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Everyone Into the Jury Box

May 24, 2003

The doctor swore up and down he didn't believe in the jury system. Your honor, he said, fidgeting as the judge questioned him in a Santa Monica courtroom last fall, I think jury trials are a waste of time and I simply can't be fair. Besides, he said, my waiting room is full of sick people who need me.

Oh, puhleeze. Each morning, thousands of citizens sink into the Naugahyde chairs in some of the county's 20 jury assembly rooms. Eighty percent will spend the day playing solitaire or plowing through Danielle Steele's latest potboiler, and, by 5 p.m., if no judge has called them, the court will dismiss them. Of those who land on a jury that first day, most will serve no more than five to seven days, and they'll do their best to listen to the lawyers' arguments in the case, weigh the evidence and come to a reasoned verdict.

"One-day-or-one-trial" has replaced the 10 days of thumb-twiddling that jurors used to endure throughout the state. And good riddance. But the success of this abbreviated jury service program depends on everyone participating. Everyone. The Los Angeles Superior Court needs as many as 10,000 people to report for jury duty every day to keep the county's 583 courtrooms humming.

No one gets an automatic pass anymore. Not even California Chief Justice Ronald M. George, who reported to a downtown courthouse last December. But like the "I'm-too-important-for-jury-duty" physician, some folks know that if they make a big enough stink, the judge will have to excuse them to ensure a fair trial.

Their antics put a heavier burden on conscientious citizens who recognize that they must do their part to help the courts dispense real justice. Employers shouldn't make that sacrifice costly.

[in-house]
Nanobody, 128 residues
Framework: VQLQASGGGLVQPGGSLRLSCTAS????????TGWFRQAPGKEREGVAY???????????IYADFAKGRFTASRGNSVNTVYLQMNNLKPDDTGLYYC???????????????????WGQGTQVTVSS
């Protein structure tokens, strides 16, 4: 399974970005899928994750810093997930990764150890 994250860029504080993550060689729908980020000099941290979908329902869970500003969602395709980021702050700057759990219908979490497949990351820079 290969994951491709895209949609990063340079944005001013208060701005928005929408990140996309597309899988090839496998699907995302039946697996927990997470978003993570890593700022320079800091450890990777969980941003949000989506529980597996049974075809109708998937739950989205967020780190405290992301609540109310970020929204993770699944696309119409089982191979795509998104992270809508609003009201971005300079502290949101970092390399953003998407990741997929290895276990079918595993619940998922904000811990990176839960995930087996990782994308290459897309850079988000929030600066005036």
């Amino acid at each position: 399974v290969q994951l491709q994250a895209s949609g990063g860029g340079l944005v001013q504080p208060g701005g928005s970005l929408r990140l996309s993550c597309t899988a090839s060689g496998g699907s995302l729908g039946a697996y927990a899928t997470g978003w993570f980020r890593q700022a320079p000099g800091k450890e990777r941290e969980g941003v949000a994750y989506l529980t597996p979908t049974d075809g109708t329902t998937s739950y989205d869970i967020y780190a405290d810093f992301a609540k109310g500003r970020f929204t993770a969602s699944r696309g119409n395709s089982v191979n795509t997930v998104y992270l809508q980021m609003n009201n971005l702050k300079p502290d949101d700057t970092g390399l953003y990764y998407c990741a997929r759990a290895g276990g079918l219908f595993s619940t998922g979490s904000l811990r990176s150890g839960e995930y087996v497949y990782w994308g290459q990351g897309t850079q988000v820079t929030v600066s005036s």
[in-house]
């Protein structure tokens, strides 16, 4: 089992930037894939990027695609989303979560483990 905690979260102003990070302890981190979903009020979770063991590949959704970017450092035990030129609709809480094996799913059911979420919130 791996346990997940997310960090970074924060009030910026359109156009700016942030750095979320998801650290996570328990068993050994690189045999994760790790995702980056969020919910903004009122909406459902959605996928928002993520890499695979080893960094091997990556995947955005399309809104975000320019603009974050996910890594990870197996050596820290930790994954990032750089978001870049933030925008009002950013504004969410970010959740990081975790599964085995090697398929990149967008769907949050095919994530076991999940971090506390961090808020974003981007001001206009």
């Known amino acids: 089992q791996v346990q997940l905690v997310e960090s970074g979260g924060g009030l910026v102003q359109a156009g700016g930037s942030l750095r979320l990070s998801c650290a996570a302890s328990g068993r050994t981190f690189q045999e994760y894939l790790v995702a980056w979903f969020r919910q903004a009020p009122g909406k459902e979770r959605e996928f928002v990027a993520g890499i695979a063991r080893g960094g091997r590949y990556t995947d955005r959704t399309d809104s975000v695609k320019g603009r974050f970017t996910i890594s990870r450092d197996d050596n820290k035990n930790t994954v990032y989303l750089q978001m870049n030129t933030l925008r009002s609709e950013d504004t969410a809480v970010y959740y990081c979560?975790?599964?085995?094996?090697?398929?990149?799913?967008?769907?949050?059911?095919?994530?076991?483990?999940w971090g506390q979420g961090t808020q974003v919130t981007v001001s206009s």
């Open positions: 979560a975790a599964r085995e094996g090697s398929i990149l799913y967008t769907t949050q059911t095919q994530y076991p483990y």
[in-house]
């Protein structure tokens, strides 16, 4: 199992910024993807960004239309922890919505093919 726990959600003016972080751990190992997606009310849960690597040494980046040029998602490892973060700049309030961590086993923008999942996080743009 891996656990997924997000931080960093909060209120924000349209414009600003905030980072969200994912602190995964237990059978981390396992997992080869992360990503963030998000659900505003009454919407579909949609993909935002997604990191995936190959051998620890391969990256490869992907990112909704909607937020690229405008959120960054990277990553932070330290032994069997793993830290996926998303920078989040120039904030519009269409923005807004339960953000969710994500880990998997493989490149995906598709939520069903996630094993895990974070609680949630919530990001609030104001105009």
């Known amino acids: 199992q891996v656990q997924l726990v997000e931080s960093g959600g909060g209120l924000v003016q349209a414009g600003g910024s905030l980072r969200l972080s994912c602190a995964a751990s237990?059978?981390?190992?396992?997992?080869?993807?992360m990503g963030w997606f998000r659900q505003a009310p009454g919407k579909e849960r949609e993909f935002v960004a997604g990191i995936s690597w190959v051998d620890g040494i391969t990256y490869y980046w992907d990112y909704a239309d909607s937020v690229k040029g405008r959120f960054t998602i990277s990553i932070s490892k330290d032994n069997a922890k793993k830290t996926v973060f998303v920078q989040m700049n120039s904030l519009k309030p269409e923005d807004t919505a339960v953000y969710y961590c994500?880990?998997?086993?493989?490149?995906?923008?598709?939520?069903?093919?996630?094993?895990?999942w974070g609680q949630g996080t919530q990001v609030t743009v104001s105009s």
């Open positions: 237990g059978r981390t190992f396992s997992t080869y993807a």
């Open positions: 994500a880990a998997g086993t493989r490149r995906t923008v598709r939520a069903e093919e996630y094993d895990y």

Though some states, including Nebraska and Colorado, require employers to pay workers for jury duty, California has no such mandate. Many employers pay their workers, but too many others still make them use vacation days or take the time without pay -- not counting the $15 a day the county sends them. Although there are no statewide data, individual courts report a trend toward less financial support for employed jurors.

California businesses lobbied the courts for years to adopt one-day/one-trial so that jury duty wouldn't routinely tie up their employees for weeks. Now employers have an obligation to make the program work.

The chief justice recently wrote 10,000 senior executives who don't pay their employees, asking them to "weigh the importance of jury service ... to our democratic ideals against the relatively modest cost." Ironically, many law firms, which count on jurors being available, don't consistently pay their employees to serve. That's why the Los Angeles County Bar Assn. has called on all local law firms to support the program.

Chief Justice George has compiled an "honor roll" of companies that compensate employees for their service, and the Los Angeles bar has put together its own list of participating law firms. Memo to chief executives and law firm managers: Sign up.

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To Take Action: Businesses can join the state "honor roll" by e-mailing CAjuror@jud.ca.gov. Local law firms may contact ccashman@lacba.org.

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